Foreign investment was encouraged but the government maintained overall control over the economy so that China would gain maximum benefit. Setting up special economic zones paved the way. 

Home Market:

China's large and increasingly wealthy population encourages spending. (+cheap labor)

Olympics Factor:

China showcased the nation in the Olympics and conveyed China as an open, friendly country and an imortant integrated, positive part of te world in the 21st century

Three Gorges Dam:

Industrial development on a large-scale demands large resources of energy. Generates 2/3 of its electricity at coal-fired power stations. HEP accounts for 7% of electricity. The dam generates 22,500 mW when fully operational.

31 of 33

Increased Demand for Energy

Reasons for Increased Demand:

  • World population growth
  • Increased wealth
  • Technological advances

Impacts of High Demand:

  • Land pollution 
  • Water pollution
  • Air pollution 

Sustainable Energy:

International directives and local initiatives help areas become more sustainable. Encouraging recycling, using Carbon credits, regulating the gas emissions.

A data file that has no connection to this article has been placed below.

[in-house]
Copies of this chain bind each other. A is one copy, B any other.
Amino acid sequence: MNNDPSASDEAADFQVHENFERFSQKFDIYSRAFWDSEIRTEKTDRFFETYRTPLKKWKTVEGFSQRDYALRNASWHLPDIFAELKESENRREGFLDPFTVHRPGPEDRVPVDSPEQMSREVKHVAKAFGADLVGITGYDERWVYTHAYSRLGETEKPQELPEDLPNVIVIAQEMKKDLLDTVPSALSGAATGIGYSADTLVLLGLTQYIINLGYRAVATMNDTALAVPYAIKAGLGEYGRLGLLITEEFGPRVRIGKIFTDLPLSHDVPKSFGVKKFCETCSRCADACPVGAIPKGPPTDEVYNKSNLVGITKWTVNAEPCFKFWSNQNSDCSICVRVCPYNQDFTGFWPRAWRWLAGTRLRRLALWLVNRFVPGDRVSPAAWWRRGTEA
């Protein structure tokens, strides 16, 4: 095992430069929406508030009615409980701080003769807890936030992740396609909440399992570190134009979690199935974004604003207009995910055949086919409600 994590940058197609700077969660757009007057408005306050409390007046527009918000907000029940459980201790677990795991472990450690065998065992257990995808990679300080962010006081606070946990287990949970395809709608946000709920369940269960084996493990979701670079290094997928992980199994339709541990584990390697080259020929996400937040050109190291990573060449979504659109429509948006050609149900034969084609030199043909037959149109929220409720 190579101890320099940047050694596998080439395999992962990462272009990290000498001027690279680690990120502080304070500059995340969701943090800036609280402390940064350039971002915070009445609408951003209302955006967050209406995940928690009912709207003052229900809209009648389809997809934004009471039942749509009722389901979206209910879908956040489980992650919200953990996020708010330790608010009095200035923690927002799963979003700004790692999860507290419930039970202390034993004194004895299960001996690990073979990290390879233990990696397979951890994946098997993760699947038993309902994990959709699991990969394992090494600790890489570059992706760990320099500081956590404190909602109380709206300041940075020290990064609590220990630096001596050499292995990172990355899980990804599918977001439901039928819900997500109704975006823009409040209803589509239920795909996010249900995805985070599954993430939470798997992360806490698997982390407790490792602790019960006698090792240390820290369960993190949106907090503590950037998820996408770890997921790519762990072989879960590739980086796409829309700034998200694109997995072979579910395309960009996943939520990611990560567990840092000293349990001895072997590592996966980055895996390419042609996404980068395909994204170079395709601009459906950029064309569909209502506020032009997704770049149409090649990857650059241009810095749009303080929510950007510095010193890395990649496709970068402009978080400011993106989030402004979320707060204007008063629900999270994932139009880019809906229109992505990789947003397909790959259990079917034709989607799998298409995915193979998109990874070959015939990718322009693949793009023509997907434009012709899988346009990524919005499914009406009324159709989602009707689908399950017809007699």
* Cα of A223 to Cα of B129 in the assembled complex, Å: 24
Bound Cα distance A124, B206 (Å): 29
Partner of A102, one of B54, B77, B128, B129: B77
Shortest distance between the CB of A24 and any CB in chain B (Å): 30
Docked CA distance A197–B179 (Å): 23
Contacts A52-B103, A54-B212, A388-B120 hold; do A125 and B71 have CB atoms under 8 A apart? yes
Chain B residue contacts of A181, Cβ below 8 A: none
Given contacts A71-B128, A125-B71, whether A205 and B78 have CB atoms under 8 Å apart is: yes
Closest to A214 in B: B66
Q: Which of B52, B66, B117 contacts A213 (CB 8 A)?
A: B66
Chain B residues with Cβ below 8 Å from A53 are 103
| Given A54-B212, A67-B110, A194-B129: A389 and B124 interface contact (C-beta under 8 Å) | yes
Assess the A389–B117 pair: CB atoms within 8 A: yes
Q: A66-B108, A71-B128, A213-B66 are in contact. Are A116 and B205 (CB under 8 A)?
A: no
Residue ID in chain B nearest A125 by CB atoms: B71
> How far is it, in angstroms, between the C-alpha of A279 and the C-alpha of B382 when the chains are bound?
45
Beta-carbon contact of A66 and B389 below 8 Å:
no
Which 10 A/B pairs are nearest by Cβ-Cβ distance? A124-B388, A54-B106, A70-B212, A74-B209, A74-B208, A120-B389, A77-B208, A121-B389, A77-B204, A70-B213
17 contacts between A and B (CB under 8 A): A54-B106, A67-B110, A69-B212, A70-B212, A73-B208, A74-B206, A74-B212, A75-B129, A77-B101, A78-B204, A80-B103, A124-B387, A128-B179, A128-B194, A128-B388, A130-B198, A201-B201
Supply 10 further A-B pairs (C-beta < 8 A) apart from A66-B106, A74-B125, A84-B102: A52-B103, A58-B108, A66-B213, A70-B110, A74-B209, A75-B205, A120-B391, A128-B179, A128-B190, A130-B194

32 of 33

Effects of Increasing Food Production


  • Increasing our carboon footprint and food miles because food is travelling a lot more than it used to.
  • This leads to lots of more pollution and energy wasting when local goods are just as good. 
  • Pressure on farmers to meet the demand which means poor quality land will become even poorer and the lack of vegetation cover makes the area prone to soil erosion. 

Politically: Conflict over natural resources like the situation over the River Indus. The river supplies the fertile Punjab which crosses the India-Pakistan border. 

Socially: Water is affected by fertilizers and this causes diseases if water's used


  • Growing cash crops and additional cash allows investment but with the demand, there's a need to intensify production which means more money spent on pesticides and ferilizers. These cost money and a vicious circe of paying back loans + interest is set up. 
33 of 33


No comments have yet been made

Similar Geography resources:

See all Geography resources »See all Human Geography resources »